California NAACP leader to step down amid conflict-of-interest criticism

Alice Huffman, president of the California NAACP
Alice Huffman, president of the California NAACP, speaks at a San Francisco news conference in support of a ballot measure to legalize marijuana in 2016.
(Associated Press / Jeff Chiu)
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The longtime leader of California’s NAACP will step down next month, a move that comes amid conflict-of-interest allegations after her public affairs company earned $1.7 million endorsing ballot measures this year.

Alice Huffman, 84, cited health issues in her resignation letter to the executive board of the California Hawaii State Conference of the NAACP. She has held the post since 1999 and will step down Dec. 1.

“It was a demanding and rewarding position,” Huffman said in an interview Friday. “But it’s time to turn over the leadership to someone else.”


Huffman’s departure comes as she’s facing scrutiny for her work on various ballot measure campaigns in the November 2020 election. Huffman leads AC Public Affairs, a Sacramento political consulting firm, which this past election worked with opposition campaigns on five ballot measures, according to state campaign finance records.

AC Public Affairs took in $740,000 from the campaign opposed to Proposition 15. The measure, which was rejected by voters, would have raised business property taxes to increase funding for schools and local services. Landlord groups and other opponents of Proposition 21 paid Huffman’s company $620,000 this year to help fight a rent control measure, which also fell short.

The bail bond industry’s campaign against Proposition 25 paid Huffman’s company $200,000 to oppose a plan to abolish California’s cash bail system. The measure failed. Huffman also sided with ride-sharing companies that backed Proposition 22, which was approved by voters and will allow the companies’ drivers to remain independent contractors, receiving $95,000 for consulting services. Her opposition to Proposition 23, an effort to impose new rules on kidney dialysis companies that was rejected by voters, netted her company $85,000.

Huffman said that she only works with campaigns that the state’s NAACP has endorsed and that her critics are often Democrats who feel she has stepped out of line. She’s said the state NAACP requires a majority vote of its board to take a position on any ballot measure. Huffman said her departure has nothing to do with the criticism and that she had previously made up her mind to resign, but was trying to get through the election cycle.

But critics said the state NAACP’s process lacks transparency.

Darrell Goode, president of the NAACP’s Santa Monica-Venice Branch, said he’s been unable to obtain meeting minutes indicating how the state’s executive board has voted on ballot measures. Goode said he sent a letter last month to the national NAACP requesting an investigation into Huffman and other members of the state NAACP board, alleging a “lack of transparency and an apparent conflict of interest.”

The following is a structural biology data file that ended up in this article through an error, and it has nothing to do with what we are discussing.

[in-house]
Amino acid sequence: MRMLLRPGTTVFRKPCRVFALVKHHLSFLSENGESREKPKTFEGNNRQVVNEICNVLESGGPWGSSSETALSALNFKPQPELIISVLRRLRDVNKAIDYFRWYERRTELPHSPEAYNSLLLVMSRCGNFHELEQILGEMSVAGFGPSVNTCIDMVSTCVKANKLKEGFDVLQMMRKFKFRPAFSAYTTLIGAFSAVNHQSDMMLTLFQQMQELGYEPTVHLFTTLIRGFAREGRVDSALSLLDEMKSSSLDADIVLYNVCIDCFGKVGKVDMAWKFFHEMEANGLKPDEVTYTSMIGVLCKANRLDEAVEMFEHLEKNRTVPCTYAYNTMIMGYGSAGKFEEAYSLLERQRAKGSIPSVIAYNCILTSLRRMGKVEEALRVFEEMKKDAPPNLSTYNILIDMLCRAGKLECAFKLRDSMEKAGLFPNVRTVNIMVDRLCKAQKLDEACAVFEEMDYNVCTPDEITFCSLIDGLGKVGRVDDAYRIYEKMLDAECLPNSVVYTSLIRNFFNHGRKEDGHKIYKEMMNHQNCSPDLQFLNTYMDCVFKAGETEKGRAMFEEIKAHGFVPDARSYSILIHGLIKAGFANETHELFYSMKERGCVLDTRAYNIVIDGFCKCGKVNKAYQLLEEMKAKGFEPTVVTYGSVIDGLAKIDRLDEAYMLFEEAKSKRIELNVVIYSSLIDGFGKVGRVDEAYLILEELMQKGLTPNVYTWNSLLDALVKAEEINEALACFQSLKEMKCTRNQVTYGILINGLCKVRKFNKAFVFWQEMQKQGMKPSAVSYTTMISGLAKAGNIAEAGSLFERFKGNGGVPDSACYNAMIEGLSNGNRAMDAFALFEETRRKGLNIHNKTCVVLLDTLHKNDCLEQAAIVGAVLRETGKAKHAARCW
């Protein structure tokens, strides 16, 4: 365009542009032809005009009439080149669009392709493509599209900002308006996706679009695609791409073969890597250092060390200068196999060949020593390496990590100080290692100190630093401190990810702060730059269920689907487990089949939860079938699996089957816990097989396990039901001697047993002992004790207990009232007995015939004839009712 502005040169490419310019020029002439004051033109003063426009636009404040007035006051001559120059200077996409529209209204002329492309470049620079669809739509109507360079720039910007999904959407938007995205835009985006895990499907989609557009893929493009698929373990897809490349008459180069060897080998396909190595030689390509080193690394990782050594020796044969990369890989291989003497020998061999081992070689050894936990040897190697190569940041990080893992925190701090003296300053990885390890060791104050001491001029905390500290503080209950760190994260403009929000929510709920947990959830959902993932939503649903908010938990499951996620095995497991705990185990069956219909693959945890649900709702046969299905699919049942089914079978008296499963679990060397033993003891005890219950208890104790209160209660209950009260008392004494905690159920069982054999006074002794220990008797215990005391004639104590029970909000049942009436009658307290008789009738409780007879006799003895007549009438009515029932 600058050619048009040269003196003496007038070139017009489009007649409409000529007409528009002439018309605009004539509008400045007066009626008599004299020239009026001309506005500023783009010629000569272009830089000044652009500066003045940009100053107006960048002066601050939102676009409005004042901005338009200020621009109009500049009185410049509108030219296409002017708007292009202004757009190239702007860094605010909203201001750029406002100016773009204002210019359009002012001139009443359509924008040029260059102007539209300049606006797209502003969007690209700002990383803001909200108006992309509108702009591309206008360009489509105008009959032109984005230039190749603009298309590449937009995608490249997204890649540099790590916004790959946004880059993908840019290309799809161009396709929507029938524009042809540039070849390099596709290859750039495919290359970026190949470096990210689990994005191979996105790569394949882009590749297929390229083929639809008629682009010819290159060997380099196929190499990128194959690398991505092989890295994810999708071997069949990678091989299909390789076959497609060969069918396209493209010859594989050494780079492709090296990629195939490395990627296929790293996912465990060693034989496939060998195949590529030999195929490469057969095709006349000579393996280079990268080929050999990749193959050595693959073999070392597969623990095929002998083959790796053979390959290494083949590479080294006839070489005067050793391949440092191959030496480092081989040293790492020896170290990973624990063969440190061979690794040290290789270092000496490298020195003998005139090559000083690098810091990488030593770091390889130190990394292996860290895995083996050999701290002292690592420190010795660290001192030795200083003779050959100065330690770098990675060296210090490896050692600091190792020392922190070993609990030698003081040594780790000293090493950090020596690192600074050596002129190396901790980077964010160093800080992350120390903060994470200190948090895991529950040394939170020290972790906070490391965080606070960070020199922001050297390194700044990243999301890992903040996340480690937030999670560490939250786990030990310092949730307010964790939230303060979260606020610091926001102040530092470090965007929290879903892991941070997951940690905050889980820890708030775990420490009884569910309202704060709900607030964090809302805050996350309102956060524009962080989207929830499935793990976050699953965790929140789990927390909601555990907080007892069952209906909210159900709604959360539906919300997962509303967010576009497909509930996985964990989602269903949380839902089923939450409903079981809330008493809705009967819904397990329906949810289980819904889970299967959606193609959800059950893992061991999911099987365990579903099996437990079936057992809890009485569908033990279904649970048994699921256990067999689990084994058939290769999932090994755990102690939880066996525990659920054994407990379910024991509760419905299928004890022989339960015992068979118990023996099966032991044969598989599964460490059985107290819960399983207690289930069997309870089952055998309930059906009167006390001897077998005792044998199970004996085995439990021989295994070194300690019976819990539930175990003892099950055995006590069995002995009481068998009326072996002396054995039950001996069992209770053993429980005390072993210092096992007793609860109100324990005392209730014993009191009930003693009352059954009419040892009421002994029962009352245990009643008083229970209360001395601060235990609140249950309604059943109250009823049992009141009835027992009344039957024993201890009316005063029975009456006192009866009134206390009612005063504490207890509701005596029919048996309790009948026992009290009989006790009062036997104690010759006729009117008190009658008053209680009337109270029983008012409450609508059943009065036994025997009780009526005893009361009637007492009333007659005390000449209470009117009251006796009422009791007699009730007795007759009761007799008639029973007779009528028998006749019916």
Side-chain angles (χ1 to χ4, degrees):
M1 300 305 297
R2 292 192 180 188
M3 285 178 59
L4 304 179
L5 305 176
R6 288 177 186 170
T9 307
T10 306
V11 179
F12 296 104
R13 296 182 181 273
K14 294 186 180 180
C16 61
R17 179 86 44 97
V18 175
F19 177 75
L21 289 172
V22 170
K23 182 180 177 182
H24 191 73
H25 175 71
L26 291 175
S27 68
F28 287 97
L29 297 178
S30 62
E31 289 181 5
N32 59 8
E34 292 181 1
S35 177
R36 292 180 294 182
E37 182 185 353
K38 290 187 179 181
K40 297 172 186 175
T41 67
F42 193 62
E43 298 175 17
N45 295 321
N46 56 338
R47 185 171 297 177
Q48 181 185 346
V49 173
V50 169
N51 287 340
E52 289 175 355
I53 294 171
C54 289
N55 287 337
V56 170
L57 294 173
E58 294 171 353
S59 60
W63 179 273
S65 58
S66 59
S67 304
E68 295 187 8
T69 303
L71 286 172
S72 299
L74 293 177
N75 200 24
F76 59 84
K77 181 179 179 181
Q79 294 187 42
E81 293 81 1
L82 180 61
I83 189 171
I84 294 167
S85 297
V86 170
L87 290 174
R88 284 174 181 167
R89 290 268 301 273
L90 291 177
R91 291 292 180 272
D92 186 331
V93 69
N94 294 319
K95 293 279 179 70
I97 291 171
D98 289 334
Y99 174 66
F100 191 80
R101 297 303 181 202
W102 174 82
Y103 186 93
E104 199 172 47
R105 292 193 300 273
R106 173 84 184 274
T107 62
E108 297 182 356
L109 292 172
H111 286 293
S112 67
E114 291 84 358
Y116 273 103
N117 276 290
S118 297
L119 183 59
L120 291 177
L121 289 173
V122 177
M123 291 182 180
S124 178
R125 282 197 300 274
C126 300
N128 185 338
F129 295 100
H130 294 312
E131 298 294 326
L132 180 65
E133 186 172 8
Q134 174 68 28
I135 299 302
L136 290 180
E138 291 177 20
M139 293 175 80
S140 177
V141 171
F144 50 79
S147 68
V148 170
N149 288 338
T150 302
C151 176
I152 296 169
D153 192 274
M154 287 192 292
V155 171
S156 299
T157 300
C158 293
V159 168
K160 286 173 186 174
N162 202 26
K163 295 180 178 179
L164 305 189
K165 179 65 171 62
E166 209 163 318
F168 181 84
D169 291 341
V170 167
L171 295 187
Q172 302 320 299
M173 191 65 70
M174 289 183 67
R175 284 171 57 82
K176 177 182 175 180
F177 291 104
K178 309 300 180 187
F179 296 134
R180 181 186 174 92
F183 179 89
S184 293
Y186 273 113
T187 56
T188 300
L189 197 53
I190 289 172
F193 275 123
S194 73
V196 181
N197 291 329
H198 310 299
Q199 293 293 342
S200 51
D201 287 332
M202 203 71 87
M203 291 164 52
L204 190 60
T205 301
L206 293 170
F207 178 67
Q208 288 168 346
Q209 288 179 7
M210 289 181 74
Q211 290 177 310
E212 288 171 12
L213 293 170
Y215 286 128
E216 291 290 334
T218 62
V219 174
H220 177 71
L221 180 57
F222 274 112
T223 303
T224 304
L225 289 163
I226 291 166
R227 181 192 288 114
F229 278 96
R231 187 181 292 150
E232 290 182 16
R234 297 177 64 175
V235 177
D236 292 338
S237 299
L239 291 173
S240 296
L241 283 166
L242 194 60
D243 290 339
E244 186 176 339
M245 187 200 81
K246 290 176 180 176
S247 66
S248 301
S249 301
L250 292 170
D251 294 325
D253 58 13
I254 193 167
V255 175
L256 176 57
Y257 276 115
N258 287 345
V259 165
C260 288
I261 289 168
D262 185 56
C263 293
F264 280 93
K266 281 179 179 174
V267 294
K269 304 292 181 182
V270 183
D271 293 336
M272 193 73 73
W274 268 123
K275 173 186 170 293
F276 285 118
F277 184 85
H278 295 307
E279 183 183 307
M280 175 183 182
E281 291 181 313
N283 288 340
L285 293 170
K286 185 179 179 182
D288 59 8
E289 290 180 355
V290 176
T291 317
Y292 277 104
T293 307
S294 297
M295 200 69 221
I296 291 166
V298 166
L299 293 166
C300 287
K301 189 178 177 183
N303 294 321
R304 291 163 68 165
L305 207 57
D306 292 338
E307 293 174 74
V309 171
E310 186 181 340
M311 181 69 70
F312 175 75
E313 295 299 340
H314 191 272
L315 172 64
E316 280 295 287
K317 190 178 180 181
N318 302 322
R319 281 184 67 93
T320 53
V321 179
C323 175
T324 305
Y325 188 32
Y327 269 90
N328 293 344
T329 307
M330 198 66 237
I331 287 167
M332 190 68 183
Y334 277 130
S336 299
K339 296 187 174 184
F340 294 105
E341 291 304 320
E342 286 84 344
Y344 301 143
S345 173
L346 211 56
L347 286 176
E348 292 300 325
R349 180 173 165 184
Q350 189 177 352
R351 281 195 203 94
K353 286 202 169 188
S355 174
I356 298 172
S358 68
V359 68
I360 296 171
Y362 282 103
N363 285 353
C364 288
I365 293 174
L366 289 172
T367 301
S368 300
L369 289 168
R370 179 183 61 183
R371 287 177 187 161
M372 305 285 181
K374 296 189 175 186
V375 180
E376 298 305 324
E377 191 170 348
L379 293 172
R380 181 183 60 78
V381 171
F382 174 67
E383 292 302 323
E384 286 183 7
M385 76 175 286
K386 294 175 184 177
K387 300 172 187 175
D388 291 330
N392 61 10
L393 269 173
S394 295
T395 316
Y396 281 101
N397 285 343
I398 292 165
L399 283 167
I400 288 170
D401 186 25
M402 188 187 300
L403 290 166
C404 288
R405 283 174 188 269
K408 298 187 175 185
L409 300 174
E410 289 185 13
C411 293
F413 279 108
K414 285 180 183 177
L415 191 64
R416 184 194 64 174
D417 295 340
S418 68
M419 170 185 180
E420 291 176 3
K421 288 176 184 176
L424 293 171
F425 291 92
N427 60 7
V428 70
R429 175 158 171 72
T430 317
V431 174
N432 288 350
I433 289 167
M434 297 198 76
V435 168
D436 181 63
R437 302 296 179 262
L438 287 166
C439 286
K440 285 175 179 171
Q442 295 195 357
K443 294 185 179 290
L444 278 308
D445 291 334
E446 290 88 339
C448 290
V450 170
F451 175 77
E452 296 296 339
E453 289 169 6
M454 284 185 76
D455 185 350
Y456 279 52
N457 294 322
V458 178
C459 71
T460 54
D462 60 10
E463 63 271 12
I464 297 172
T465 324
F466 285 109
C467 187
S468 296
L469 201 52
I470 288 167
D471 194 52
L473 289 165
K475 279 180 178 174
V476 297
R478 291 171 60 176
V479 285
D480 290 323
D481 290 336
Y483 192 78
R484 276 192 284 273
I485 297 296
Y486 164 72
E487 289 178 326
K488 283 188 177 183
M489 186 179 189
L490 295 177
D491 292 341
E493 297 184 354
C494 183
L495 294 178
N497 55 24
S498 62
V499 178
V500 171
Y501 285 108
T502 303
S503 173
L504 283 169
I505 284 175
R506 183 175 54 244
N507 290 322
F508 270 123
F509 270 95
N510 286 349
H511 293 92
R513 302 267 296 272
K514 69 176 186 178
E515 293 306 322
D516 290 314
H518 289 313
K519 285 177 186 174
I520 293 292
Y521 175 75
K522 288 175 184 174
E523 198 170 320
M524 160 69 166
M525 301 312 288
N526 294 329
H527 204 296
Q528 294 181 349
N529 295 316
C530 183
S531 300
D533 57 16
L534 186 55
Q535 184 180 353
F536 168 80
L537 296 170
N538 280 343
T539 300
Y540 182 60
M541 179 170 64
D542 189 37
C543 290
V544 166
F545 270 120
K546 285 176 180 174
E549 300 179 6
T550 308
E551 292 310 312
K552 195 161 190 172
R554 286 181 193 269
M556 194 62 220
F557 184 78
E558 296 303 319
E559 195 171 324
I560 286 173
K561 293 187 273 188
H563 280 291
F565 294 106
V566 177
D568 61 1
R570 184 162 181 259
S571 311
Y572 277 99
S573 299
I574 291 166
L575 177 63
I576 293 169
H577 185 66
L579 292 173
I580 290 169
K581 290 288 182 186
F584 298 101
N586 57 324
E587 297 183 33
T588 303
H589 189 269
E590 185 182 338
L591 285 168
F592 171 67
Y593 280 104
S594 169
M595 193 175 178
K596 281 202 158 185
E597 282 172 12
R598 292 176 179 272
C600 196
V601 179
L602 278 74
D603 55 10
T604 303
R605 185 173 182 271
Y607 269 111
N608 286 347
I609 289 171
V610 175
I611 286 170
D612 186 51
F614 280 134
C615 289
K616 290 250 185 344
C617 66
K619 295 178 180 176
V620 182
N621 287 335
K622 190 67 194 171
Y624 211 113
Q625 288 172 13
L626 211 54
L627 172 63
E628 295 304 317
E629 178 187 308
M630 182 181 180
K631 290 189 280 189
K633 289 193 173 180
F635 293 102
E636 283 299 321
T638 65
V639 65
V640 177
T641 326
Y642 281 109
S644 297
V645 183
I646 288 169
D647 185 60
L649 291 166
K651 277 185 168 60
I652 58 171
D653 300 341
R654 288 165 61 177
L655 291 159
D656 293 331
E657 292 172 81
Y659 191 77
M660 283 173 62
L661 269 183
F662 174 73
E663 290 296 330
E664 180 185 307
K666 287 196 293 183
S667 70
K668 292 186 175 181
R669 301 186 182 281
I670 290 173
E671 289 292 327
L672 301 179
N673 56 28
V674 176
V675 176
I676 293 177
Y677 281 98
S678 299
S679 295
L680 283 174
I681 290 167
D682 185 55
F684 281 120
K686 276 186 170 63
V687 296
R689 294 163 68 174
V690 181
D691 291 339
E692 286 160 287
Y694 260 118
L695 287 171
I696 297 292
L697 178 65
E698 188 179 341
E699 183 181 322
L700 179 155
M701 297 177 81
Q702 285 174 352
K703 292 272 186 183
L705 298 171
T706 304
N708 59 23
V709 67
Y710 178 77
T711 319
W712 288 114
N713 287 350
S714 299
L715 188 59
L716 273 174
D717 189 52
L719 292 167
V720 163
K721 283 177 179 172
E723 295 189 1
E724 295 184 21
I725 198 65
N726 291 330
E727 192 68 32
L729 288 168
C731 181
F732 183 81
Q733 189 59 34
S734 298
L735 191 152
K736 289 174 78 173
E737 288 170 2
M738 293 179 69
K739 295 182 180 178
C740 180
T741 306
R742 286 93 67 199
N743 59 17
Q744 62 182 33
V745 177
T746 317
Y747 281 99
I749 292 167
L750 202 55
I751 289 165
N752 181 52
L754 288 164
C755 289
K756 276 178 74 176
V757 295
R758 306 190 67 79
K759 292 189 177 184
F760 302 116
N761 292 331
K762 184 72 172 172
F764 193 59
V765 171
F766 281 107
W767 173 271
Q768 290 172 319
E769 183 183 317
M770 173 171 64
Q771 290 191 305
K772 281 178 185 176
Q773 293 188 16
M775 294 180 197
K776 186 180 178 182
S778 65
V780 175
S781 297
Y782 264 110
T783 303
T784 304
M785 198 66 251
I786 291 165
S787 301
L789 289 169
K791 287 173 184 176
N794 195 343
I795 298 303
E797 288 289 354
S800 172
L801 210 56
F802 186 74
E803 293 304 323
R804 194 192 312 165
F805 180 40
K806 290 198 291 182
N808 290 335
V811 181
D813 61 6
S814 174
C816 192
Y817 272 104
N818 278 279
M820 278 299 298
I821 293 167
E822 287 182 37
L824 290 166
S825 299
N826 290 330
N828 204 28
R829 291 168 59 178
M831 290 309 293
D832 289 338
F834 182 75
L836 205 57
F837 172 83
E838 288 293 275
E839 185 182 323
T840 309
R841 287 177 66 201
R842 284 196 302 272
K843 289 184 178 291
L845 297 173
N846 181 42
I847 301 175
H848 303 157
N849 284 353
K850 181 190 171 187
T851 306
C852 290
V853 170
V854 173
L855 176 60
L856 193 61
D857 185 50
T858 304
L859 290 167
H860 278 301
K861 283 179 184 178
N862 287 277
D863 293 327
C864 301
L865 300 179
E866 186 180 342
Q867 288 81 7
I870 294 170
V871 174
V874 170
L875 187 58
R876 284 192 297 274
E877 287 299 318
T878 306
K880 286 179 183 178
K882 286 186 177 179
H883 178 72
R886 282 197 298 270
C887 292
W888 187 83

Goode said in the letter that the investigation is needed to “restore our tarnished image.” Huffman is on the board of the national NAACP.

“We have brought up these issues before,” Goode said in an interview. “We have been telling people not to be silent, and we aren’t being silent either. It’s more egregious this time because there were so many propositions key to communities. We need to stand for what’s right.”

Last month, the state’s political watchdog agency, the Fair Political Practices Commission, received an anonymous complaint questioning whether there was a conflict of interest in Huffman’s appearance in ads for ballot propositions.


“I am quite concerned that, in trading on her NAACP leadership, these ads are misleading minority voters to support positions that may not be aligned with their political interests,” the complaint read.

FPPC spokesman Jay Wierenga said Huffman is not the respondent in the complaint, which remains under review to determine if an investigation is warranted.

Huffman denied all allegations of conflicts of interest, saying “everything I did was legal.”

In 2016, the FPPC fined the state NAACP for failing to disclose $67,000 spent on lobbying efforts.

Under Huffman’s recent leadership, the group has also struggled to maintain its state-mandated responsibilities. The office of California Atty. Gen. Xavier Becerra lists the state NAACP’s tax-exempt nonprofit status as “delinquent,” saying the organization has failed to file required documents to operate as a charity.

Becerra’s office said in an email to The Times that the civil rights organization is “working to get up to date” on filing the necessary documents.


The California chapter of the NAACP has not filed a state tax return since 2015, according to the Franchise Tax Board. The agency said the group has been suspended since 2018 as a result, noting an outstanding tax liability of $50.

But it was Huffman’s political activity that has drawn the most fierce criticism. Taisha Brown, the chair of the California Democratic Party black caucus, said Huffman’s alliances this year were a tipping point for people who have raised questions about conflicts for years.

“Everything that could potentially help Black people as residents in the state, the state NAACP went against it,” Brown said. “People have talked about this for years. I won’t let anyone get away with building wealth on the back of poor and disadvantaged people.”

Huffman said she will be replaced by Rick Callender, the state NAACP vice president and CEO of the Santa Clara Valley Water District. She will continue to lead AC Public Affairs and remain on the national NAACP board.

“I took some positions that they considered to be on the Republican side,” Huffman said. “It doesn’t matter to me. I took positions I thought were right for the community.”